Approaching the Finish Line

Well, I’m getting close to finishing! I’ve done all my reading, and now I’m just working on putting everything together.  To be quite honest, I’ve been feeling how little writing I did last year.  The structure of the final paper has been giving me some trouble.  Part of me wants to organize it by time period, but that’s been proving to be a bit problematic, so instead I’m writing about the progression of the conception of time through history in theology and then in science, before comparing the two.

However, I don’t want to spend my last blog post writing about putting everything together.  Instead, I want to take the chance to talk a bit about my own philosophy of time, and how it’s changed over this summer.  Because it certainly has, and not just through my research.

While doing my research I started thinking quite a bit about both the sacred nature of time and the relativistic nature of time.  Many of the theologians whose works I read discussed time as having religious significance, an idea which I think has a lot of value.  Last semester, I worked to set aside a day each week to take a break from work and spend reading, talking to friends, and breathing in the world around me.  Those days became a sacred part of my week, to the point where I would schedule my commitments around that day.  Although I of course had weeks where I could not set the full day aside, I usually was able to do so.  When I was swamped with work or extracurriculars, I had my day off to look forward to, which always helped make the week feel shorter.

This summer helped me see, metaphorically, the relativistic nature of time.  Of course, in physics, time is literally relativistic.  The theory of special relativity shows that time moves at different speeds depending on how close to the speed of light an object is moving.  Obviously, my motion over the summer did not approach anywhere near the speed of light, so I did not experience literal relativity.  However, time did seem to move at different speeds depending on the day.  Some days, I would have plans from morning until night, and the day would seem longer than twenty-four hours, while other days it seemed as though I went to bed not long after waking up.  Metaphorically, the faster I was moving the slower time was moving, my own version of time dilation.

Overall, I’ve learned how incredibly odd and important time is.  Time itself is strangely hard to define, and difficult to pin down and understand.  And yet it’s incredibly important.  Without time, we have no sense of cause and effect, no ability to grow and evolve, no way to be or become.  Without time, the universe would be meaningless.  And yet we don’t even fully understand it!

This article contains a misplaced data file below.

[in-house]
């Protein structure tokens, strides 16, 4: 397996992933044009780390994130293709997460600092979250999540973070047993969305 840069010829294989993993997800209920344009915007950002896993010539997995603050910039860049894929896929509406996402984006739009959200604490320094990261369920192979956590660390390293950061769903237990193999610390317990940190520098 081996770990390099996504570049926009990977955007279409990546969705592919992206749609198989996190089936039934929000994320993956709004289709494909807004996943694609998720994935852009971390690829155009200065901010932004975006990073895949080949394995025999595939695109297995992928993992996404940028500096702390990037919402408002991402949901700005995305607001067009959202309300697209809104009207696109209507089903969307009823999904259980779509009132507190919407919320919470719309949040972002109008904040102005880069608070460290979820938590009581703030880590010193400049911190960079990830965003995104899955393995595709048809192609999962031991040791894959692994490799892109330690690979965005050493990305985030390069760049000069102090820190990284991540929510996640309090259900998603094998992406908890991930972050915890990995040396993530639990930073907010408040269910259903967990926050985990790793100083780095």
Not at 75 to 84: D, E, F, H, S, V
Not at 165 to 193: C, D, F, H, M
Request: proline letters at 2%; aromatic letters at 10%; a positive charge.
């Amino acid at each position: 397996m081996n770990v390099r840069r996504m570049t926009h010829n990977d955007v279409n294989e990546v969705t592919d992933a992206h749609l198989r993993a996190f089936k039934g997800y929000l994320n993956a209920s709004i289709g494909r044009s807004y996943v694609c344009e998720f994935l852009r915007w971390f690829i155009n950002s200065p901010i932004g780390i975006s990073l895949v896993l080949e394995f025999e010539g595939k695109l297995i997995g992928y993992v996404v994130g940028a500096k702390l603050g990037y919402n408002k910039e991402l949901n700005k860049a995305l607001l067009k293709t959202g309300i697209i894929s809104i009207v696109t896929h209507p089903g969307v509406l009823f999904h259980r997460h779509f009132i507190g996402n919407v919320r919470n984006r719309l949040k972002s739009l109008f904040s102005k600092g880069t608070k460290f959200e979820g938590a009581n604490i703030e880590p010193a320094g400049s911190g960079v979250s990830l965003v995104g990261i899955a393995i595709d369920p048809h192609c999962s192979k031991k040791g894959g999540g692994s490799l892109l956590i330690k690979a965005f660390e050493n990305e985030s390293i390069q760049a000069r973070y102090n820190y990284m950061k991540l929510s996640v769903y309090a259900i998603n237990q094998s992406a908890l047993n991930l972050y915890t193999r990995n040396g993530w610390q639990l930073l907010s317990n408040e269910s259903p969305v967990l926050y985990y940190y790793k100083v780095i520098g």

1. Hey Anna!

    I just read this blog post and it was so interesting that I had to go back and read the rest of your posts. You picked a really fascinating and important topic to research. Looking into how science and religion interact and influence each other is very important. People tend to argue that one disproves the other, but as you’ve talked about, this doesn’t have to be the case. To kind of relate to your topic of time, I remember growing up and learning about the creationism versus evolution debate. Creationism is frequently “disproved” because of scientific evidence that the Earth took billions of years to form, not one day. That being said, one could ask, how long is a day for an all-powerful being like God? Our definition of a day is a reference to the Earth spinning on its axis. What defined a day before there was an Earth? It all has to do with how you interpret science, religion, and their interaction which I think is a very fascinating area of research.

    Keep up the good work and I can’t wait to read your final summary!

    Andrew Burns

  2. akgosling says:

    Howdy! It’s so good to hear from you!! I grew up with the same debate–it seemed pre-assumed that you could only believe in either evolution or creationism, with the unsaid-but-larger assumption that it was impossible to respect both science and religion. As I learned more about both science and religion I realized that my childhood view was pretty ignorant, so my project was a chance to more carefully and reasonably explore the relationship between the two fields. I wound up being really interested by the way each field talked about time, hence why I decided to talk about time instead of a more hot-button issue like evolution.

    Good luck on your research!! Looking forward to seeing what you came up with 🙂